Date of Award

Spring 2021

Document Type

Open Access Dissertation

Department

Criminology and Criminal Justice

First Advisor

John Burrow

Abstract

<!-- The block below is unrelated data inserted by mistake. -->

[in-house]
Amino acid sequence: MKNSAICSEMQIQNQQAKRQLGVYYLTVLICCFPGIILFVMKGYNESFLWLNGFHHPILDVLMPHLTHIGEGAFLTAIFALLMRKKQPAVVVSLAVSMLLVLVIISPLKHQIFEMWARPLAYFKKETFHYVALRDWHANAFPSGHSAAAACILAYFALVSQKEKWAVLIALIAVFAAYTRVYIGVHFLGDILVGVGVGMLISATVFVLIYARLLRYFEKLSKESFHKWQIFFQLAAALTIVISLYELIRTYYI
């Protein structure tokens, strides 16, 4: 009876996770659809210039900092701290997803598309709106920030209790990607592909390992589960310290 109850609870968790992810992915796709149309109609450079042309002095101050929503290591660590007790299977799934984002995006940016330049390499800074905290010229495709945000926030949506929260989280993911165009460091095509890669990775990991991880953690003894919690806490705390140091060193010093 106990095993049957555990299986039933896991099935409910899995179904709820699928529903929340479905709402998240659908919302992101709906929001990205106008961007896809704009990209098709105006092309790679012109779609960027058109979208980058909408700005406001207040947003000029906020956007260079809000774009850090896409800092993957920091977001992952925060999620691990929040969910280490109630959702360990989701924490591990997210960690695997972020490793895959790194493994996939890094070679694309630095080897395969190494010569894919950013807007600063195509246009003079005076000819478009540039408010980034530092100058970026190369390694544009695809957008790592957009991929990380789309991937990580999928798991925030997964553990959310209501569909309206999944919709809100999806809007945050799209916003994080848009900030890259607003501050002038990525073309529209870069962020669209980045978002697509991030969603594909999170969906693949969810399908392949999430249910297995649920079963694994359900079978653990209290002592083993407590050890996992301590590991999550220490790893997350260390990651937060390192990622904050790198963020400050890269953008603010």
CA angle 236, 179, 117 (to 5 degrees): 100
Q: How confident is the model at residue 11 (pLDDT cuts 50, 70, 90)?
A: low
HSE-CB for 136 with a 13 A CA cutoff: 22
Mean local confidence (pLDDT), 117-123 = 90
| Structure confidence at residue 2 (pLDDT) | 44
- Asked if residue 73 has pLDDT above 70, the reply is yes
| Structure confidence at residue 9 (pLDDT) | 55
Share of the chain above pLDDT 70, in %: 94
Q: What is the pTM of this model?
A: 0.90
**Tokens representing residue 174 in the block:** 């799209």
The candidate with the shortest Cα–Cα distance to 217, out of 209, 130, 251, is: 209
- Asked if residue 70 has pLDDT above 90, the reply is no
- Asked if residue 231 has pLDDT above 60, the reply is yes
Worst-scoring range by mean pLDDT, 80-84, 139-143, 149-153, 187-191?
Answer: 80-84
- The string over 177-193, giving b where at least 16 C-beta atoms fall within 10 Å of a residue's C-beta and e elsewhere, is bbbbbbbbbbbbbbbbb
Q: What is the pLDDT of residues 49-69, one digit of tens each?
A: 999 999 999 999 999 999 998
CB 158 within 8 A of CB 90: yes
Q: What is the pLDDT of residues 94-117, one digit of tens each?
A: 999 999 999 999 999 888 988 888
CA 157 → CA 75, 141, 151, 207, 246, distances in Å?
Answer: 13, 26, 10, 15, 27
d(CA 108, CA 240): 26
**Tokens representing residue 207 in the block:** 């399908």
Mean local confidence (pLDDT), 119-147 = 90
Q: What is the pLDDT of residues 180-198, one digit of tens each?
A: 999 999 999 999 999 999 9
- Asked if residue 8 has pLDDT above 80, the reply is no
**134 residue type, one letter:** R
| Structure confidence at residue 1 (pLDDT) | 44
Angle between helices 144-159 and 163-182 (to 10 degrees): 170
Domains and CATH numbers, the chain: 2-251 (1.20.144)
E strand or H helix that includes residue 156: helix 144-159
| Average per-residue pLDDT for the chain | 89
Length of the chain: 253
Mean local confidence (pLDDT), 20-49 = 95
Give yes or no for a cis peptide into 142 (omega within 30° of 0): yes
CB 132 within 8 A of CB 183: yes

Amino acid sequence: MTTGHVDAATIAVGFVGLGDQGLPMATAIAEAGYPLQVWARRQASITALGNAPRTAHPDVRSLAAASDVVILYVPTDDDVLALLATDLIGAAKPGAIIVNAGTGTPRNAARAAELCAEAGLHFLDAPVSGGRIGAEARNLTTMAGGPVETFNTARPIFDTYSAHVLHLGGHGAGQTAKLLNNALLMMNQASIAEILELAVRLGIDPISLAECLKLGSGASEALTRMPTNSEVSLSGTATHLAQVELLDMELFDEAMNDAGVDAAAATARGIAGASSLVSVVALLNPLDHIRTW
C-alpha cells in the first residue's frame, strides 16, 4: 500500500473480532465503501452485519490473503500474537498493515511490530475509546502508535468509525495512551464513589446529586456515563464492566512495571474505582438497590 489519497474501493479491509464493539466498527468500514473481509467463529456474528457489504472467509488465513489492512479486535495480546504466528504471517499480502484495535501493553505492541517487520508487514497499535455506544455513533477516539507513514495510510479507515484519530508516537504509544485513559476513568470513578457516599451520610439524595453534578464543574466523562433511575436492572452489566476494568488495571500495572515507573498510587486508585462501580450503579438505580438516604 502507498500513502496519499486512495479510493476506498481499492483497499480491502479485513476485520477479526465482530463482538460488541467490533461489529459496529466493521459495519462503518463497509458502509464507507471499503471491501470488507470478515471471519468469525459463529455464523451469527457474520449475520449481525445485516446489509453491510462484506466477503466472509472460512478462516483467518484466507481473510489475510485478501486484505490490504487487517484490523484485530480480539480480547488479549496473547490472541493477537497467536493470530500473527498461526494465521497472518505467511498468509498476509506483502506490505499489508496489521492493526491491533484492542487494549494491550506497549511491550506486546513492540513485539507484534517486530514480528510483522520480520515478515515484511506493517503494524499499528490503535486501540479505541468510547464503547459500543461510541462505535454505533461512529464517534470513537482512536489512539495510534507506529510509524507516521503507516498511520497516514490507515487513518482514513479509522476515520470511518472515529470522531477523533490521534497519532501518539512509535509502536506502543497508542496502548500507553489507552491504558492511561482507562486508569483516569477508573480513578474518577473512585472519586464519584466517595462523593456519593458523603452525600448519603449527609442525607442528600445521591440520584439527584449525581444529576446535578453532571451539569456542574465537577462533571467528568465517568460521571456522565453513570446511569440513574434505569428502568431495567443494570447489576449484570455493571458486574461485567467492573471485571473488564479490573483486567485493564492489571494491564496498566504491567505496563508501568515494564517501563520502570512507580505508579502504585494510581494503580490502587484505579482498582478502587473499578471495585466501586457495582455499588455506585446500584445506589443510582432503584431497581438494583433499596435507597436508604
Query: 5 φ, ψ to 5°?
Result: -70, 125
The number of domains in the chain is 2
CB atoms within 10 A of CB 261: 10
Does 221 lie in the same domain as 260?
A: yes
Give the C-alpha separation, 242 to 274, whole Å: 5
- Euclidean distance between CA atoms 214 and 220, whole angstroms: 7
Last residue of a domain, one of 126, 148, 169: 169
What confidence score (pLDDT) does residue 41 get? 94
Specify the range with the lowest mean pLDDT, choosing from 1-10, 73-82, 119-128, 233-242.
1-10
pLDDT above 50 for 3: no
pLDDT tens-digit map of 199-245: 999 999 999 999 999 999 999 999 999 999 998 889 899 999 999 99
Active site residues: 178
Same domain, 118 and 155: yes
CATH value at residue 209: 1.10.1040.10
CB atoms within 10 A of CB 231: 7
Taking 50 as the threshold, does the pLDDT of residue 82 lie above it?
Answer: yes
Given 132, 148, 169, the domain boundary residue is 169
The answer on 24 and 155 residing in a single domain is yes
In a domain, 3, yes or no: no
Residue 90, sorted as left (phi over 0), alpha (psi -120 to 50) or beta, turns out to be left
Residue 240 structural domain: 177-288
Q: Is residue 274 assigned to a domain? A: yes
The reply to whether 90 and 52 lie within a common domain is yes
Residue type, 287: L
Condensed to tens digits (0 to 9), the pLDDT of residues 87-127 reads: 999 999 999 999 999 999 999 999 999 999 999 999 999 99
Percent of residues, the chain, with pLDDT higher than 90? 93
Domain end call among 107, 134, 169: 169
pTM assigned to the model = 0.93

Over the last few decades, there has been greater recognition that increased time on death row is a significant problem in the United States that is getting worse. Beginning with the U.S. Supreme Court’s denial of certiorari in Lackey v. Texas (514 U.S. 1045, 1995), numerous defendants have attempted to assert Eighth Amendment claims of cruel and unusual punishment on the grounds that the length of their death row confinement combined with their subsequent execution is unconstitutional. Although such claims have been unsuccessful in the U.S. Supreme Court, other federal courts have examined the issue. In 2014, the Central District of California struck down California’s death penalty system on Eighth Amendment grounds, claiming that the system at the time, characterized by very lengthy periods of death row confinement, in no way furthered the death penalty’s two classic penological purposes of deterrence or retribution (Jones v. Chappell, 31 F. Supp. 3rd 1050, Dist. Ct, C.D. Cal 2014). Although this decision was later overturned on procedural grounds, it represented the first instance in which a federal judge ruled a death penalty system unconstitutional, citing lengthy death row confinement as the core issue. The number of ways in which defendants can appeal their death sentences has increased significantly since the U.S. Supreme Court’s ruling in Gregg v. Georgia (428 U.S. 153, 1976). Undoubtedly, the appeals process plays a critical role in lengthy death row confinement. However, less known are the reasons that such lengthy appeals processes have become so commonplace. Using data on defendants sentenced to death in Florida from 1975-2013 (N=406), this study examines the role of case complexity in predicting increased time on death row and ultimately delay. In addition, other appellate-level and case-level variables are considered. Finally, implications for policy and directions for future research are presented.

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